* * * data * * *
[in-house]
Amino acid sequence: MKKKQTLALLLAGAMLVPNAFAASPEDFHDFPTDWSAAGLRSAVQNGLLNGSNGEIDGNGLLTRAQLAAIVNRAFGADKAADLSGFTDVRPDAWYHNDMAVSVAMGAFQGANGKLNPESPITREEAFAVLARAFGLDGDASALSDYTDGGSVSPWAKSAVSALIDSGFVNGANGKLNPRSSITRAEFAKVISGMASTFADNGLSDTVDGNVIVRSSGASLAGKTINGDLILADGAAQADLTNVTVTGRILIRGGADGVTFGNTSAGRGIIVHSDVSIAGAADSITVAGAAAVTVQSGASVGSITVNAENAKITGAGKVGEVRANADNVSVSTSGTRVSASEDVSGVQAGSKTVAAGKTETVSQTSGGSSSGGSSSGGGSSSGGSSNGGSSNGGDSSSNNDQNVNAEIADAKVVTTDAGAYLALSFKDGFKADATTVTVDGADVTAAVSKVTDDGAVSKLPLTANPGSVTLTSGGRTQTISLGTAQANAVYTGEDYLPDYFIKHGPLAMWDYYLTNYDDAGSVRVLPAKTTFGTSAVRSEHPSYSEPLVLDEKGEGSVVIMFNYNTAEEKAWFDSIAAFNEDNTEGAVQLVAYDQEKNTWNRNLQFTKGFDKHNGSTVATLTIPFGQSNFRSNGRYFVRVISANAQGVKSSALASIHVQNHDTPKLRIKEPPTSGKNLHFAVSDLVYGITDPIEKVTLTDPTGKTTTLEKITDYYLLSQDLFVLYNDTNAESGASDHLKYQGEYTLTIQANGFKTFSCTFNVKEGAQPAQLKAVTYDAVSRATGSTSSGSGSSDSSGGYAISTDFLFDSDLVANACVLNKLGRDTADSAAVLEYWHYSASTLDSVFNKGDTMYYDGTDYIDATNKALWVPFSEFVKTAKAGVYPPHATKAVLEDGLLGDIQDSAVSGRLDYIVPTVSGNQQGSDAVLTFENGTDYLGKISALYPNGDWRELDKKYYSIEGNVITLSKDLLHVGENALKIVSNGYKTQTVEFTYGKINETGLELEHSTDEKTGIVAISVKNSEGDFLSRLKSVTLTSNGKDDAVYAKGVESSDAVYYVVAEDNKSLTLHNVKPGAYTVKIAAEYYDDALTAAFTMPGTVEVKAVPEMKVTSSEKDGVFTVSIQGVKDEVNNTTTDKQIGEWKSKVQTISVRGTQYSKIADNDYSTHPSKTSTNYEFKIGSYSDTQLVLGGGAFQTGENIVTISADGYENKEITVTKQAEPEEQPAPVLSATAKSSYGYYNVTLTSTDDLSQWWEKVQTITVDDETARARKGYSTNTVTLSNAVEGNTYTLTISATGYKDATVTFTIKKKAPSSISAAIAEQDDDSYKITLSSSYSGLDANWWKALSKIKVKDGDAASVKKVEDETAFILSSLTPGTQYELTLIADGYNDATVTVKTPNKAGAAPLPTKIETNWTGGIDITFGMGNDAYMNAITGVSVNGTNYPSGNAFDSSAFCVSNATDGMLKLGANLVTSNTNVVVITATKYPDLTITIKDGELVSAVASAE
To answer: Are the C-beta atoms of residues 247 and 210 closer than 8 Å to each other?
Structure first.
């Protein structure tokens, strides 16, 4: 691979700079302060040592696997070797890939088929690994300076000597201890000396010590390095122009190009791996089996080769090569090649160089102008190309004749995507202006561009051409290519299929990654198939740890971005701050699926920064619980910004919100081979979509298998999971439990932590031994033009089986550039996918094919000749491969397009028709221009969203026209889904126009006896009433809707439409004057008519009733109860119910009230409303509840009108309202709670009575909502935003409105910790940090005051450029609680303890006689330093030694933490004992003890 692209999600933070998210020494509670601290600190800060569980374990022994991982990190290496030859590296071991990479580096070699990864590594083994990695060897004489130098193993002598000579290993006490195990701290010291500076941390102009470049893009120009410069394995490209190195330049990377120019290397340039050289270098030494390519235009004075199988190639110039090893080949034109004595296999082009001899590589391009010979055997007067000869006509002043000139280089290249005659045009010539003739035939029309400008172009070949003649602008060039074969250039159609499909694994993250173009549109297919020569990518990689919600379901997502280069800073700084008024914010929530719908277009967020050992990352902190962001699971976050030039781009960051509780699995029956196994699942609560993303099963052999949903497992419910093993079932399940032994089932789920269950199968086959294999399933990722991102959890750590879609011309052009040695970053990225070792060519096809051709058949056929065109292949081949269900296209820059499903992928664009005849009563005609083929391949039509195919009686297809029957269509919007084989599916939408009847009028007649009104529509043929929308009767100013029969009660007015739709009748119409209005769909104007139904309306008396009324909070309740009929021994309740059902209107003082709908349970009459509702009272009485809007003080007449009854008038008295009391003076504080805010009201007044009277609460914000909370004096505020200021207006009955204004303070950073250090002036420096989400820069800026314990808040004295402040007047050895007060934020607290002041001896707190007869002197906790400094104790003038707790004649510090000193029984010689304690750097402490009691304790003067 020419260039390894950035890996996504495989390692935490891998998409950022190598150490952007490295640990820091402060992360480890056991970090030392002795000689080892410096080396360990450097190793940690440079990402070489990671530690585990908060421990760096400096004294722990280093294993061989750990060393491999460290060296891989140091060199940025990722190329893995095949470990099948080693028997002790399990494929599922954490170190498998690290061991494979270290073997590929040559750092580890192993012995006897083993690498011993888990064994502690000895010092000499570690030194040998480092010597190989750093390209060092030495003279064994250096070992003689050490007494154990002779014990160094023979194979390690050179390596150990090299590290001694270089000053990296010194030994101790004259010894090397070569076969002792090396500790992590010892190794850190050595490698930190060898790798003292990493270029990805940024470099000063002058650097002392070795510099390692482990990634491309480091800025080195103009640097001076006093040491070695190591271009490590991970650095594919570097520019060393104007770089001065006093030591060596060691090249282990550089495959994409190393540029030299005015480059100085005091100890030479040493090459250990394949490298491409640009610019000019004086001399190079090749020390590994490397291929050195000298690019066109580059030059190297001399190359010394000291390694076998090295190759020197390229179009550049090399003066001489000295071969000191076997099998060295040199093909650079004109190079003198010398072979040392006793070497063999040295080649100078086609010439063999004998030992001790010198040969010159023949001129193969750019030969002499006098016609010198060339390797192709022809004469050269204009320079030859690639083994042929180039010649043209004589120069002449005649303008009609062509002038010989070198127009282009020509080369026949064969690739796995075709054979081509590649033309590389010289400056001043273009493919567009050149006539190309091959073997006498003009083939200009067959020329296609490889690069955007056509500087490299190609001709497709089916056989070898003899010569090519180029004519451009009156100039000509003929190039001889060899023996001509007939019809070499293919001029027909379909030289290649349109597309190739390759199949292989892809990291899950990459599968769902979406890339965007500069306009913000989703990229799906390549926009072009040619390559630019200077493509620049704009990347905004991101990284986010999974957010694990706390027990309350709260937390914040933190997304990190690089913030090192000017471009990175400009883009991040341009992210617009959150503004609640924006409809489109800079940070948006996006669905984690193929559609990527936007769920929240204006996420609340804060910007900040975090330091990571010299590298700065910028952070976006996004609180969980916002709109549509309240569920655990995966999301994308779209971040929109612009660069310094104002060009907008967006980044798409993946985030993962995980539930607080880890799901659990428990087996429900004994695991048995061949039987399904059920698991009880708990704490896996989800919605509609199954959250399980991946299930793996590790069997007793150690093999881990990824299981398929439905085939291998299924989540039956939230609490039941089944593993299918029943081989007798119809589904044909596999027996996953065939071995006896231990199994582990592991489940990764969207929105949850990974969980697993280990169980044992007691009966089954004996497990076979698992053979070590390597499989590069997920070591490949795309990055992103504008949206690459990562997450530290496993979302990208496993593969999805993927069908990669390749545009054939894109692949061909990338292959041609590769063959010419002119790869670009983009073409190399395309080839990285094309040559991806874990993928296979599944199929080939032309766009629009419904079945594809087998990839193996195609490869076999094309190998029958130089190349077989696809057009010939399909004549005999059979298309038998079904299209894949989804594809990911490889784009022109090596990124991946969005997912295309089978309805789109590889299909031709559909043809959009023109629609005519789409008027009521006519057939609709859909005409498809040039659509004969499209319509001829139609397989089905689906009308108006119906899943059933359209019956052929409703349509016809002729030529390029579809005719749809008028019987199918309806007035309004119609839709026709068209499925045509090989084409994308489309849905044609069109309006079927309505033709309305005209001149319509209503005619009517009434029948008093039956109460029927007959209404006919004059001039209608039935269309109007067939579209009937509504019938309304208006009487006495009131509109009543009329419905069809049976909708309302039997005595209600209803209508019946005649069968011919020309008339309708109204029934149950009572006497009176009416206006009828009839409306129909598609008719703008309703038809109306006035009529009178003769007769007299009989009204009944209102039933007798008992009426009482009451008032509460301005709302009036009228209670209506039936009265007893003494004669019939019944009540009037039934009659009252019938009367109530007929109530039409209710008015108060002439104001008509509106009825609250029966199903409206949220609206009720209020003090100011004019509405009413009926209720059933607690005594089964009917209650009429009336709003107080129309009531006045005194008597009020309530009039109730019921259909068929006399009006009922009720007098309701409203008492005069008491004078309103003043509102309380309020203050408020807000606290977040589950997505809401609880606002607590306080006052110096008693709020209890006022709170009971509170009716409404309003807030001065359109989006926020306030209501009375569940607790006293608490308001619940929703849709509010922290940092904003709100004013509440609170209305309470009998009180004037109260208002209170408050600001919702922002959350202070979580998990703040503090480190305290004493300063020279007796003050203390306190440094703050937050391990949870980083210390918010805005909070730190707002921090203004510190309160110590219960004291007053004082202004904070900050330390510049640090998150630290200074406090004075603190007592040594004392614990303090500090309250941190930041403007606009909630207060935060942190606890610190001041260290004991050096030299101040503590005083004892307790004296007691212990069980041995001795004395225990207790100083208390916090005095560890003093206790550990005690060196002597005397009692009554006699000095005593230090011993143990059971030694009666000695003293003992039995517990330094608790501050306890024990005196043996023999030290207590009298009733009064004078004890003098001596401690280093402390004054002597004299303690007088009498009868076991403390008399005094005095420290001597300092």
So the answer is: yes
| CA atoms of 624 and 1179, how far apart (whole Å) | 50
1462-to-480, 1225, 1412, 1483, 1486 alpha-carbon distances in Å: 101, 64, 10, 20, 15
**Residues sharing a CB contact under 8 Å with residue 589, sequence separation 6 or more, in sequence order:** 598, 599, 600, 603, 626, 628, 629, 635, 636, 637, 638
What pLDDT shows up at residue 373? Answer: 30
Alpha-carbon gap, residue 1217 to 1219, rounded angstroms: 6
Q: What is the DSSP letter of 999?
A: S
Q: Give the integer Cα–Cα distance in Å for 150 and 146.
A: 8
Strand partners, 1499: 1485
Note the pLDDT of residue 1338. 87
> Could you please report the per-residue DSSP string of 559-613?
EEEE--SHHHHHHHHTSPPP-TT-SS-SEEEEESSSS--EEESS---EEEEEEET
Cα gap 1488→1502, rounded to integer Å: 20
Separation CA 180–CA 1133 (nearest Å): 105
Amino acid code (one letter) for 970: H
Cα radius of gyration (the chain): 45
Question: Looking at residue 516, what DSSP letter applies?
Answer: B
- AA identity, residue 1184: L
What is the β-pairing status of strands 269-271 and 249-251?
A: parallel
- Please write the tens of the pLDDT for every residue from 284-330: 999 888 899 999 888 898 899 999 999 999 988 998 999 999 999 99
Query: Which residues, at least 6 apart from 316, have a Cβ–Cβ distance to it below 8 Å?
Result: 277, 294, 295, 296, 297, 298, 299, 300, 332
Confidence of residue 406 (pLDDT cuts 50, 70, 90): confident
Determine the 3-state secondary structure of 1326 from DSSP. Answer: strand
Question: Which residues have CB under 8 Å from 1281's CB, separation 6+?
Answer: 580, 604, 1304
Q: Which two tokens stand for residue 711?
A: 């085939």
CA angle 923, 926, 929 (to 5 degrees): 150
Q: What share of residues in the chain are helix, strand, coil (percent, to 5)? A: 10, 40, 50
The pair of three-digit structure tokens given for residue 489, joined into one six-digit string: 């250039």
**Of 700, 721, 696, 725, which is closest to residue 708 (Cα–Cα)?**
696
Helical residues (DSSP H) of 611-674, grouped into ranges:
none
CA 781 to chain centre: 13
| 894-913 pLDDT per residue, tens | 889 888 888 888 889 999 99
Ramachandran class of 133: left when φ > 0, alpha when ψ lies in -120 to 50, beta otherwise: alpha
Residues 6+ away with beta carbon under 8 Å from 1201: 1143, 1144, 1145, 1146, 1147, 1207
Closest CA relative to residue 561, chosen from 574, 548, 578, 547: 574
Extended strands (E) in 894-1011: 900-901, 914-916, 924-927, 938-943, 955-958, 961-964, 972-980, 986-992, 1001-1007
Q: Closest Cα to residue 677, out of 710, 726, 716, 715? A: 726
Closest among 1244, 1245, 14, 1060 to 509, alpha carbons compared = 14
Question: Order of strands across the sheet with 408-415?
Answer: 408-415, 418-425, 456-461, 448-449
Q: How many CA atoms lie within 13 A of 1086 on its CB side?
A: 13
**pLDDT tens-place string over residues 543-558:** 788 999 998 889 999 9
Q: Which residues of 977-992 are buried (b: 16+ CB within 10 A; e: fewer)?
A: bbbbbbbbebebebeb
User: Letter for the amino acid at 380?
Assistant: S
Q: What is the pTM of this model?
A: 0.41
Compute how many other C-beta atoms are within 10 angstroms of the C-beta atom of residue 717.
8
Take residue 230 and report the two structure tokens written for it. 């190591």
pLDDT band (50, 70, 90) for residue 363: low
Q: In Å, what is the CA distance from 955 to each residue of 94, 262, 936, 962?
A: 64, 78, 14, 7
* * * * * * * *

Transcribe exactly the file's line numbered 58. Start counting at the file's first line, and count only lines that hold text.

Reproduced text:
Q: Which residues of 977-992 are buried (b: 16+ CB within 10 A; e: fewer)?